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Jobs or the Environment: Lake Baikal Paper Mill Re-opened

10. May 2010 by Admin 0 Comments

Photo by Sergey Saurskiy

Included on the United Nation’s World Heritage List, Lake Baikal is the world’s deepest freshwater lake, holding roughly 20% of the planet’s fresh water. For decades, environmental groups have fought to preserve this natural treasure. Despite their efforts, Prime Minister Putin has amended environmental law to allow the Baikalsk Pulp and Paper Mill to operate on its shores again after a shutdown 2 years ago. The mill, built during the days of the Soviet Union, dumped toxic waste into the lake and sulfates into the atmosphere.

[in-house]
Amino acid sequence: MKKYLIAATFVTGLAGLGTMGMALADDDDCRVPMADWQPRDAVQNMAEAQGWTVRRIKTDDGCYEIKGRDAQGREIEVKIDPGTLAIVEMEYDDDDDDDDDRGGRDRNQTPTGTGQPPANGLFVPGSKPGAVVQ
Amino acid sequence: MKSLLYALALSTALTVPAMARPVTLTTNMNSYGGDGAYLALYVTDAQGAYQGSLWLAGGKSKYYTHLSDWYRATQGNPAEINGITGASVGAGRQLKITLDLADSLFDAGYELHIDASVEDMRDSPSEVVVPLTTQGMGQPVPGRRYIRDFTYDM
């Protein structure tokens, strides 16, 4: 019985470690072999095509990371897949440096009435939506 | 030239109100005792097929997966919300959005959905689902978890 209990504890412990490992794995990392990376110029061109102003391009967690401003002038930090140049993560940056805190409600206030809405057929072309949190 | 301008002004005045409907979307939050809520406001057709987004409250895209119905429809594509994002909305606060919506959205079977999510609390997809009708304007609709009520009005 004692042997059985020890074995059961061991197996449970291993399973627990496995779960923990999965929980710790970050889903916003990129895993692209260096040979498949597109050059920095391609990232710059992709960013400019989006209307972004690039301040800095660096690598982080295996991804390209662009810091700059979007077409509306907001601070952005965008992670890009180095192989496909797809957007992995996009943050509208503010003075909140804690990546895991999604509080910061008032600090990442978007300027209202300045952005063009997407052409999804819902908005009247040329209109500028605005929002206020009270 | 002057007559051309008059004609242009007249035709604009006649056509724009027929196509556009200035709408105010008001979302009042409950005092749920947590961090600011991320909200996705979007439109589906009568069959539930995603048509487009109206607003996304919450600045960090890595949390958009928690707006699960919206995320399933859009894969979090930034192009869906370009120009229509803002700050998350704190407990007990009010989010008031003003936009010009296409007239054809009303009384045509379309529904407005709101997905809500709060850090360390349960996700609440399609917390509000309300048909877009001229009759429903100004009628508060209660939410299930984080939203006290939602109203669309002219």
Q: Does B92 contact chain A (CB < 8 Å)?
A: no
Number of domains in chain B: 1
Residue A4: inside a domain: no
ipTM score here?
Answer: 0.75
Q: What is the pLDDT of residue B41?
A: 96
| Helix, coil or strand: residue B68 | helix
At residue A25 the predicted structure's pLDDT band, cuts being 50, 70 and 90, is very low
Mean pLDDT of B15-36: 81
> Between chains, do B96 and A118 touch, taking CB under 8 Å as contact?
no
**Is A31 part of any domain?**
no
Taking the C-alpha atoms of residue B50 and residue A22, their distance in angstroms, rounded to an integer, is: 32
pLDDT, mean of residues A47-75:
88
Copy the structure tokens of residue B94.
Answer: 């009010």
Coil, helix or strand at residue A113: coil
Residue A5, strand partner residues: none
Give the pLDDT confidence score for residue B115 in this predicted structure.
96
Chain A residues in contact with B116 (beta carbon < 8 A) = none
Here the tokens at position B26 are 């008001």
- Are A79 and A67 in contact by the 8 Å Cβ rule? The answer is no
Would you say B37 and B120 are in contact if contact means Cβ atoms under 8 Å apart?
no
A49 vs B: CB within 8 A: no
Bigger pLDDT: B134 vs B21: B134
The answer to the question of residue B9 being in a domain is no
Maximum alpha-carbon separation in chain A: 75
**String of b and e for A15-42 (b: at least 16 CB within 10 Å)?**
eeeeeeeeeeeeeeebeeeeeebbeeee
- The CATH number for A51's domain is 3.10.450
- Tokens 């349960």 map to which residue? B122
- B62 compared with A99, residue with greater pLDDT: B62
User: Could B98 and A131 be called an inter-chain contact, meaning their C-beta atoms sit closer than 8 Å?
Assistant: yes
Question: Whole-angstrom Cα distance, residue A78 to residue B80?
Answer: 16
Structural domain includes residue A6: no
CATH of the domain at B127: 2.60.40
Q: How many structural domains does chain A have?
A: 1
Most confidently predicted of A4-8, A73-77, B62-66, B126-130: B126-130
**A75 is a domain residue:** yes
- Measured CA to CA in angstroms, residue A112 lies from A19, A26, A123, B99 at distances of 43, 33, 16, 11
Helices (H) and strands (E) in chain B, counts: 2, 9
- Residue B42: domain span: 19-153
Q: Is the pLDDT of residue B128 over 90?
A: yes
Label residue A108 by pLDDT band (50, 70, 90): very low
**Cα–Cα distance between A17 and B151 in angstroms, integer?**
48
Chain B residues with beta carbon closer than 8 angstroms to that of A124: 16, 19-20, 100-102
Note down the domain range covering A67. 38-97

The reason for the reinstating of the mill is that 9% of residents in the city of Baikalsk (1,400 people) worked at the mill and had been suffering hardships ever since the mill closed. The Mayor of Baikalsk has pledged that scientists will monitor and help monitor the lake and only depend on the mill for 4-5 years. “I saw a dead town,” Mayor Valery Pintayev told NPR.

Activists are in full force, protesting against the mill and calling for Putin’s resignation. The next step is to petition the UN to help Moscow see the error of their ways.